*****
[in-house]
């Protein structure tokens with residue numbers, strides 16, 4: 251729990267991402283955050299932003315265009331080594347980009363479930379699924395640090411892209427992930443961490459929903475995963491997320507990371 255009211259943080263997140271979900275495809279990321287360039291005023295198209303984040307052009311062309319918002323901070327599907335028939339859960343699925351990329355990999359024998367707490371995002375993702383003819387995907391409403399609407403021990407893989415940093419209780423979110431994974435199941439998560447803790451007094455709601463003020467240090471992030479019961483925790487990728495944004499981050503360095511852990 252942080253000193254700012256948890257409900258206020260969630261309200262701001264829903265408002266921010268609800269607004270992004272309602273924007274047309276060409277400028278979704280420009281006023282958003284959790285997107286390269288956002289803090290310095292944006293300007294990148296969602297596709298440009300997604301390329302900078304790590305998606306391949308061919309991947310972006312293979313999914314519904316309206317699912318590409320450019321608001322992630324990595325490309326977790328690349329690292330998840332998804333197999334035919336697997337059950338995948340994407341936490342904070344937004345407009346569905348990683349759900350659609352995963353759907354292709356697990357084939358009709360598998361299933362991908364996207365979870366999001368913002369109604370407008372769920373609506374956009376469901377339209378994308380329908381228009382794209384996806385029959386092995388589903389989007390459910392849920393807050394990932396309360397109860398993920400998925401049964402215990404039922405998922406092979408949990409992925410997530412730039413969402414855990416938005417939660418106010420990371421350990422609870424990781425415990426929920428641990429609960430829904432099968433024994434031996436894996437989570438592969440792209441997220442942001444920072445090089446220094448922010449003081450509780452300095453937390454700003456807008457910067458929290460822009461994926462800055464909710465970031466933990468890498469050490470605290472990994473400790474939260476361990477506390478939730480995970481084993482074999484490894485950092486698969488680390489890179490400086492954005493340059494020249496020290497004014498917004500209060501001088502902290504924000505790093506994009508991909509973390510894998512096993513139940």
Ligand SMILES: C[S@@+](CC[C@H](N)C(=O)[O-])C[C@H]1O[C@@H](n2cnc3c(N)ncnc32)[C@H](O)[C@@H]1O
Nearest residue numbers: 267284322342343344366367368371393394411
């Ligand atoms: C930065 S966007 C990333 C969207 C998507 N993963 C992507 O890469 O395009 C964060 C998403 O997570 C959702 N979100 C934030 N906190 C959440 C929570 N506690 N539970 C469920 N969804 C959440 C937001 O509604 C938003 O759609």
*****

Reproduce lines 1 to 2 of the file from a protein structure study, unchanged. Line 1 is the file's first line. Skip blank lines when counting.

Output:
[in-house]
């Protein structure tokens with residue numbers, strides 16, 4: 251729990267991402283955050299932003315265009331080594347980009363479930379699924395640090411892209427992930443961490459929903475995963491997320507990371 255009211259943080263997140271979900275495809279990321287360039291005023295198209303984040307052009311062309319918002323901070327599907335028939339859960343699925351990329355990999359024998367707490371995002375993702383003819387995907391409403399609407403021990407893989415940093419209780423979110431994974435199941439998560447803790451007094455709601463003020467240090471992030479019961483925790487990728495944004499981050503360095511852990 252942080253000193254700012256948890257409900258206020260969630261309200262701001264829903265408002266921010268609800269607004270992004272309602273924007274047309276060409277400028278979704280420009281006023282958003284959790285997107286390269288956002289803090290310095292944006293300007294990148296969602297596709298440009300997604301390329302900078304790590305998606306391949308061919309991947310972006312293979313999914314519904316309206317699912318590409320450019321608001322992630324990595325490309326977790328690349329690292330998840332998804333197999334035919336697997337059950338995948340994407341936490342904070344937004345407009346569905348990683349759900350659609352995963353759907354292709356697990357084939358009709360598998361299933362991908364996207365979870366999001368913002369109604370407008372769920373609506374956009376469901377339209378994308380329908381228009382794209384996806385029959386092995388589903389989007390459910392849920393807050394990932396309360397109860398993920400998925401049964402215990404039922405998922406092979408949990409992925410997530412730039413969402414855990416938005417939660418106010420990371421350990422609870424990781425415990426929920428641990429609960430829904432099968433024994434031996436894996437989570438592969440792209441997220442942001444920072445090089446220094448922010449003081450509780452300095453937390454700003456807008457910067458929290460822009461994926462800055464909710465970031466933990468890498469050490470605290472990994473400790474939260476361990477506390478939730480995970481084993482074999484490894485950092486698969488680390489890179490400086492954005493340059494020249496020290497004014498917004500209060501001088502902290504924000505790093506994009508991909509973390510894998512096993513139940």